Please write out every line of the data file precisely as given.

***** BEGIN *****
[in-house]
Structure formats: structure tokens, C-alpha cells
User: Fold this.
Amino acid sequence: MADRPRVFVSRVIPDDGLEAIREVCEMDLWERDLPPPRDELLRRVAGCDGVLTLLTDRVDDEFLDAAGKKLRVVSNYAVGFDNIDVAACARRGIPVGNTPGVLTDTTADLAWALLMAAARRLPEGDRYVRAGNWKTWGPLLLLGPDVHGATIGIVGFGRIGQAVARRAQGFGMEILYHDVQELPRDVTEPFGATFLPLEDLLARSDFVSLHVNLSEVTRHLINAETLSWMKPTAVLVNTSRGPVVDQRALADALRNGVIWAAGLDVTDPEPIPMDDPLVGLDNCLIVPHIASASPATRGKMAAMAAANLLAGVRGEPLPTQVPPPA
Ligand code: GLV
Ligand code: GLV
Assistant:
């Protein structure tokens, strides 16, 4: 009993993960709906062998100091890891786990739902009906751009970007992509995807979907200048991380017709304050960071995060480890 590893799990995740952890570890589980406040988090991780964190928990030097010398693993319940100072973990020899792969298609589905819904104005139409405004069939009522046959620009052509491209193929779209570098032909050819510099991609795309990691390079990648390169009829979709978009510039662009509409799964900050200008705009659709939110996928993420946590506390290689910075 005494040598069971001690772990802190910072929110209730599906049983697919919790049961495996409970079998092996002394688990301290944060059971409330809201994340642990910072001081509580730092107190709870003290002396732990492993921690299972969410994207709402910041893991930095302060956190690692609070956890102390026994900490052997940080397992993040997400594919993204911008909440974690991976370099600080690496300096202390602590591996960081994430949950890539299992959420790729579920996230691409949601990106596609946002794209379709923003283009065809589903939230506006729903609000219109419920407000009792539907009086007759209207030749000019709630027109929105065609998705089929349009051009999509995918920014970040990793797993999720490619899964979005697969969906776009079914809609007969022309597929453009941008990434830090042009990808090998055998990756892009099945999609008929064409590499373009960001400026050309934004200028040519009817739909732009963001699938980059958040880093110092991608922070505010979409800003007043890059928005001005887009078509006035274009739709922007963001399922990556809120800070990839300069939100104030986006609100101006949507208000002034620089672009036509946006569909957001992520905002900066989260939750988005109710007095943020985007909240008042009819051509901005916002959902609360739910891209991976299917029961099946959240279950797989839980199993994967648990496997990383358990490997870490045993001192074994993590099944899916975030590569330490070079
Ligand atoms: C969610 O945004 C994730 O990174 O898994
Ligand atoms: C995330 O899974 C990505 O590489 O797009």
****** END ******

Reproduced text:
[in-house]
Structure formats: structure tokens, C-alpha cells
User: Fold this.
Amino acid sequence: MADRPRVFVSRVIPDDGLEAIREVCEMDLWERDLPPPRDELLRRVAGCDGVLTLLTDRVDDEFLDAAGKKLRVVSNYAVGFDNIDVAACARRGIPVGNTPGVLTDTTADLAWALLMAAARRLPEGDRYVRAGNWKTWGPLLLLGPDVHGATIGIVGFGRIGQAVARRAQGFGMEILYHDVQELPRDVTEPFGATFLPLEDLLARSDFVSLHVNLSEVTRHLINAETLSWMKPTAVLVNTSRGPVVDQRALADALRNGVIWAAGLDVTDPEPIPMDDPLVGLDNCLIVPHIASASPATRGKMAAMAAANLLAGVRGEPLPTQVPPPA
Ligand code: GLV
Ligand code: GLV
Assistant:
């Protein structure tokens, strides 16, 4: 009993993960709906062998100091890891786990739902009906751009970007992509995807979907200048991380017709304050960071995060480890 590893799990995740952890570890589980406040988090991780964190928990030097010398693993319940100072973990020899792969298609589905819904104005139409405004069939009522046959620009052509491209193929779209570098032909050819510099991609795309990691390079990648390169009829979709978009510039662009509409799964900050200008705009659709939110996928993420946590506390290689910075 005494040598069971001690772990802190910072929110209730599906049983697919919790049961495996409970079998092996002394688990301290944060059971409330809201994340642990910072001081509580730092107190709870003290002396732990492993921690299972969410994207709402910041893991930095302060956190690692609070956890102390026994900490052997940080397992993040997400594919993204911008909440974690991976370099600080690496300096202390602590591996960081994430949950890539299992959420790729579920996230691409949601990106596609946002794209379709923003283009065809589903939230506006729903609000219109419920407000009792539907009086007759209207030749000019709630027109929105065609998705089929349009051009999509995918920014970040990793797993999720490619899964979005697969969906776009079914809609007969022309597929453009941008990434830090042009990808090998055998990756892009099945999609008929064409590499373009960001400026050309934004200028040519009817739909732009963001699938980059958040880093110092991608922070505010979409800003007043890059928005001005887009078509006035274009739709922007963001399922990556809120800070990839300069939100104030986006609100101006949507208000002034620089672009036509946006569909957001992520905002900066989260939750988005109710007095943020985007909240008042009819051509901005916002959902609360739910891209991976299917029961099946959240279950797989839980199993994967648990496997990383358990490997870490045993001192074994993590099944899916975030590569330490070079
Ligand atoms: C969610 O945004 C994730 O990174 O898994
Ligand atoms: C995330 O899974 C990505 O590489 O797009």